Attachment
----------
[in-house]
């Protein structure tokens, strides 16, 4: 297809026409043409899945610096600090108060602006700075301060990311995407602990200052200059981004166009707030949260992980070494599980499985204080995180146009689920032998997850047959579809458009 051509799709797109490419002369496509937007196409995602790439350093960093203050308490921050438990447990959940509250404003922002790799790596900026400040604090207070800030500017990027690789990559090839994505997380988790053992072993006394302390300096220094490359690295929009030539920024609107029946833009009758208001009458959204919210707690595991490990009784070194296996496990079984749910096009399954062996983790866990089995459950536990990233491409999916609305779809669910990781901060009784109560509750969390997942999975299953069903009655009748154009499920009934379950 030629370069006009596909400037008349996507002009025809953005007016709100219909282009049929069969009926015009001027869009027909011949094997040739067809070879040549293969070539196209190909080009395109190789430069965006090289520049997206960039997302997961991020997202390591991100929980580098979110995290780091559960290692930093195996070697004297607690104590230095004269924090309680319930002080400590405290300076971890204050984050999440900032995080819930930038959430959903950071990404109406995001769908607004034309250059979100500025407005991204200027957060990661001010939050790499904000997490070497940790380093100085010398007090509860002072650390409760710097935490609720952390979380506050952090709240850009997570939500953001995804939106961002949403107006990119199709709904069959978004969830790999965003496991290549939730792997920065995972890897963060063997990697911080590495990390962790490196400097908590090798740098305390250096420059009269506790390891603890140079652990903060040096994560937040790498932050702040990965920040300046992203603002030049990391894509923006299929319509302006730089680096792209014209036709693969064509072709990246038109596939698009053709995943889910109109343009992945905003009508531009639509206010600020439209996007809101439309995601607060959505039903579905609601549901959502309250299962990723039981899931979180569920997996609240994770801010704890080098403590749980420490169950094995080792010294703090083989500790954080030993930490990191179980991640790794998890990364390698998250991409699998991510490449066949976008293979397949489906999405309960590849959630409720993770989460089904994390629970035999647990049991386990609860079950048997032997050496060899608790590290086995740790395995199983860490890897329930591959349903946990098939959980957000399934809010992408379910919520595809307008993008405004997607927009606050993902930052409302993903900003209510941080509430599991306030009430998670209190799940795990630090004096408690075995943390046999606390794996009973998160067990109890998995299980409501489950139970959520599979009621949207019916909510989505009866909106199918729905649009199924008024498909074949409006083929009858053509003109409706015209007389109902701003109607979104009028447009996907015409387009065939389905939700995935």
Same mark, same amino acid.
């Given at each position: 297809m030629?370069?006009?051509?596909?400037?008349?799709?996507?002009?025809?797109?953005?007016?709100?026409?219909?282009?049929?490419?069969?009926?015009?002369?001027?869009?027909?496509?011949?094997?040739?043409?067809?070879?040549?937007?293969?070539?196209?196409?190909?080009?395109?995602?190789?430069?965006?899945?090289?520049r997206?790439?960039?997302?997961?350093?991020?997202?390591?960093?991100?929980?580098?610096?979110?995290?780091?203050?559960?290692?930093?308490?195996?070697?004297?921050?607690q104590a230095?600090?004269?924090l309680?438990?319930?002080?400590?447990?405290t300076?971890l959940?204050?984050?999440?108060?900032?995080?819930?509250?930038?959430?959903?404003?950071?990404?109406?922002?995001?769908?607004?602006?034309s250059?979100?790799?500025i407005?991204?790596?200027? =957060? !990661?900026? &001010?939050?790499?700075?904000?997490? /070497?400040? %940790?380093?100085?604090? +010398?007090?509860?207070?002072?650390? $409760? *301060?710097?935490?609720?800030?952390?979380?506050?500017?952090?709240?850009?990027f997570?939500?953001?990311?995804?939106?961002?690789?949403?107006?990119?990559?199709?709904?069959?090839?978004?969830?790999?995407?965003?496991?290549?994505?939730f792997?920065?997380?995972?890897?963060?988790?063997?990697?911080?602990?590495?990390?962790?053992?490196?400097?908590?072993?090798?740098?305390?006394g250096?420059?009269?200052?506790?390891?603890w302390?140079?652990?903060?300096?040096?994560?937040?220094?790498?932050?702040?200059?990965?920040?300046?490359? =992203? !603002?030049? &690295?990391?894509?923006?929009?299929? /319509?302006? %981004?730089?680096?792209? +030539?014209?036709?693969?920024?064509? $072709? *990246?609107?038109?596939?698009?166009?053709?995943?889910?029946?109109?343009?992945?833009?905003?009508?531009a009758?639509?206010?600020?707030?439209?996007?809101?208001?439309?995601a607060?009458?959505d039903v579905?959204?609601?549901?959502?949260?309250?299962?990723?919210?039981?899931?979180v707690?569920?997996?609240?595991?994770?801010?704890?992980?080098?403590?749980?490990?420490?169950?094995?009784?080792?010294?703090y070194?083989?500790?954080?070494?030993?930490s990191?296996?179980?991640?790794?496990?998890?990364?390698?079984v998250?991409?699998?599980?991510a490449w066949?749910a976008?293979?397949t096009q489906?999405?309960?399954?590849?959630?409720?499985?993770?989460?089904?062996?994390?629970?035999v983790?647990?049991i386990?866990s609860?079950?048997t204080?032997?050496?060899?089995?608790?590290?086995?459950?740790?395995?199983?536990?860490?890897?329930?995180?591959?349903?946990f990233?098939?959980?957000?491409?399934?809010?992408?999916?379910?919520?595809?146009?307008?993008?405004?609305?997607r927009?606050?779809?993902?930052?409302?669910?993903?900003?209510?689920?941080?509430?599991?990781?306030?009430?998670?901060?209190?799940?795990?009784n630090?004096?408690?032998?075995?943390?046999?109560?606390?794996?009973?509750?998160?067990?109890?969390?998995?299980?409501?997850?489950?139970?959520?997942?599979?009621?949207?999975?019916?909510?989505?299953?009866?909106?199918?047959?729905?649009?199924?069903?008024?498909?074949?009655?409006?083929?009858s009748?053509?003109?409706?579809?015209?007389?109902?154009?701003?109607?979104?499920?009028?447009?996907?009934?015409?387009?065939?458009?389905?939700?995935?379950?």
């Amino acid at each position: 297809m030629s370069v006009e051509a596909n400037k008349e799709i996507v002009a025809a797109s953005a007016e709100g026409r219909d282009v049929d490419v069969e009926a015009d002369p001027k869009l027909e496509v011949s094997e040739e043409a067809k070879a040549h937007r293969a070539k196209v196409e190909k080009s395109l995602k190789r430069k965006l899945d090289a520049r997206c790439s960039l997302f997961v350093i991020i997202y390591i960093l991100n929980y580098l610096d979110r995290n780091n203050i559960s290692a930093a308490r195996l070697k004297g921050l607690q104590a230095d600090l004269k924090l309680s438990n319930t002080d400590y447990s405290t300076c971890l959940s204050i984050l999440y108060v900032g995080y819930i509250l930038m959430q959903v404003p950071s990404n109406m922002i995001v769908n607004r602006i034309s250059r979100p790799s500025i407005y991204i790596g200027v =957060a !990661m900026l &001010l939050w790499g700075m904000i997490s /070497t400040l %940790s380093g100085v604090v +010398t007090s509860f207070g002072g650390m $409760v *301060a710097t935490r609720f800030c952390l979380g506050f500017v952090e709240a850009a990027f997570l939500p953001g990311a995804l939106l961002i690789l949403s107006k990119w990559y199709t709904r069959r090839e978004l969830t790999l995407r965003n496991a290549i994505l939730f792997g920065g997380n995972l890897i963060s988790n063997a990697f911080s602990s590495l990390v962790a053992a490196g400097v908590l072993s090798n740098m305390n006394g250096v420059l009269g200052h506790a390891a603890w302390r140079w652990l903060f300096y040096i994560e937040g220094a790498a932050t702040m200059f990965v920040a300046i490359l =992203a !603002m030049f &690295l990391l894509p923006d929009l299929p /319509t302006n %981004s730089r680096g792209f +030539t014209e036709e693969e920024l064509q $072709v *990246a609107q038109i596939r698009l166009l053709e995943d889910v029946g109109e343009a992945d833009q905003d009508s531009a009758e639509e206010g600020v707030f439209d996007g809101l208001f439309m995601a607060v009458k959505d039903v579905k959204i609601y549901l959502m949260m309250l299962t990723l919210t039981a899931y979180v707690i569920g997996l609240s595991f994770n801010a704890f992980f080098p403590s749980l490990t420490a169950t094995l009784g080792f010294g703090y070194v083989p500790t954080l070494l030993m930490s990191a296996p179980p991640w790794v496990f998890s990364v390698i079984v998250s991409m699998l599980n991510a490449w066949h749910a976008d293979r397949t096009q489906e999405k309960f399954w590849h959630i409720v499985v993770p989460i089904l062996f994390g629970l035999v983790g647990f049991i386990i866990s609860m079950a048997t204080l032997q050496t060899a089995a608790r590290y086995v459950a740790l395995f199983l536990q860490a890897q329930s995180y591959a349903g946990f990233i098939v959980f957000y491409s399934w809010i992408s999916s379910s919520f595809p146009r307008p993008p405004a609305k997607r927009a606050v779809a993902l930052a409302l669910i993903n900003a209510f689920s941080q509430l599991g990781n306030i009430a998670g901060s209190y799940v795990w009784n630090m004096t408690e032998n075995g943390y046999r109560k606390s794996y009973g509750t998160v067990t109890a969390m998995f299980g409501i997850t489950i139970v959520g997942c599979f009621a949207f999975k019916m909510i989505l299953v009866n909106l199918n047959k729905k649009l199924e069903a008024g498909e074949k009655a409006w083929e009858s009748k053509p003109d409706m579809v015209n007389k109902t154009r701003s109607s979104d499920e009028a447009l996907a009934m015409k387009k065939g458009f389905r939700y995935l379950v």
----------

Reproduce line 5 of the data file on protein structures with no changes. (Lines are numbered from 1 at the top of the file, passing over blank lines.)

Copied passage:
């Amino acid at each position: 297809m030629s370069v006009e051509a596909n400037k008349e799709i996507v002009a025809a797109s953005a007016e709100g026409r219909d282009v049929d490419v069969e009926a015009d002369p001027k869009l027909e496509v011949s094997e040739e043409a067809k070879a040549h937007r293969a070539k196209v196409e190909k080009s395109l995602k190789r430069k965006l899945d090289a520049r997206c790439s960039l997302f997961v350093i991020i997202y390591i960093l991100n929980y580098l610096d979110r995290n780091n203050i559960s290692a930093a308490r195996l070697k004297g921050l607690q104590a230095d600090l004269k924090l309680s438990n319930t002080d400590y447990s405290t300076c971890l959940s204050i984050l999440y108060v900032g995080y819930i509250l930038m959430q959903v404003p950071s990404n109406m922002i995001v769908n607004r602006i034309s250059r979100p790799s500025i407005y991204i790596g200027v =957060a !990661m900026l &001010l939050w790499g700075m904000i997490s /070497t400040l %940790s380093g100085v604090v +010398t007090s509860f207070g002072g650390m $409760v *301060a710097t935490r609720f800030c952390l979380g506050f500017v952090e709240a850009a990027f997570l939500p953001g990311a995804l939106l961002i690789l949403s107006k990119w990559y199709t709904r069959r090839e978004l969830t790999l995407r965003n496991a290549i994505l939730f792997g920065g997380n995972l890897i963060s988790n063997a990697f911080s602990s590495l990390v962790a053992a490196g400097v908590l072993s090798n740098m305390n006394g250096v420059l009269g200052h506790a390891a603890w302390r140079w652990l903060f300096y040096i994560e937040g220094a790498a932050t702040m200059f990965v920040a300046i490359l =992203a !603002m030049f &690295l990391l894509p923006d929009l299929p /319509t302006n %981004s730089r680096g792209f +030539t014209e036709e693969e920024l064509q $072709v *990246a609107q038109i596939r698009l166009l053709e995943d889910v029946g109109e343009a992945d833009q905003d009508s531009a009758e639509e206010g600020v707030f439209d996007g809101l208001f439309m995601a607060v009458k959505d039903v579905k959204i609601y549901l959502m949260m309250l299962t990723l919210t039981a899931y979180v707690i569920g997996l609240s595991f994770n801010a704890f992980f080098p403590s749980l490990t420490a169950t094995l009784g080792f010294g703090y070194v083989p500790t954080l070494l030993m930490s990191a296996p179980p991640w790794v496990f998890s990364v390698i079984v998250s991409m699998l599980n991510a490449w066949h749910a976008d293979r397949t096009q489906e999405k309960f399954w590849h959630i409720v499985v993770p989460i089904l062996f994390g629970l035999v983790g647990f049991i386990i866990s609860m079950a048997t204080l032997q050496t060899a089995a608790r590290y086995v459950a740790l395995f199983l536990q860490a890897q329930s995180y591959a349903g946990f990233i098939v959980f957000y491409s399934w809010i992408s999916s379910s919520f595809p146009r307008p993008p405004a609305k997607r927009a606050v779809a993902l930052a409302l669910i993903n900003a209510f689920s941080q509430l599991g990781n306030i009430a998670g901060s209190y799940v795990w009784n630090m004096t408690e032998n075995g943390y046999r109560k606390s794996y009973g509750t998160v067990t109890a969390m998995f299980g409501i997850t489950i139970v959520g997942c599979f009621a949207f999975k019916m909510i989505l299953v009866n909106l199918n047959k729905k649009l199924e069903a008024g498909e074949k009655a409006w083929e009858s009748k053509p003109d409706m579809v015209n007389k109902t154009r701003s109607s979104d499920e009028a447009l996907a009934m015409k387009k065939g458009f389905r939700y995935l379950v």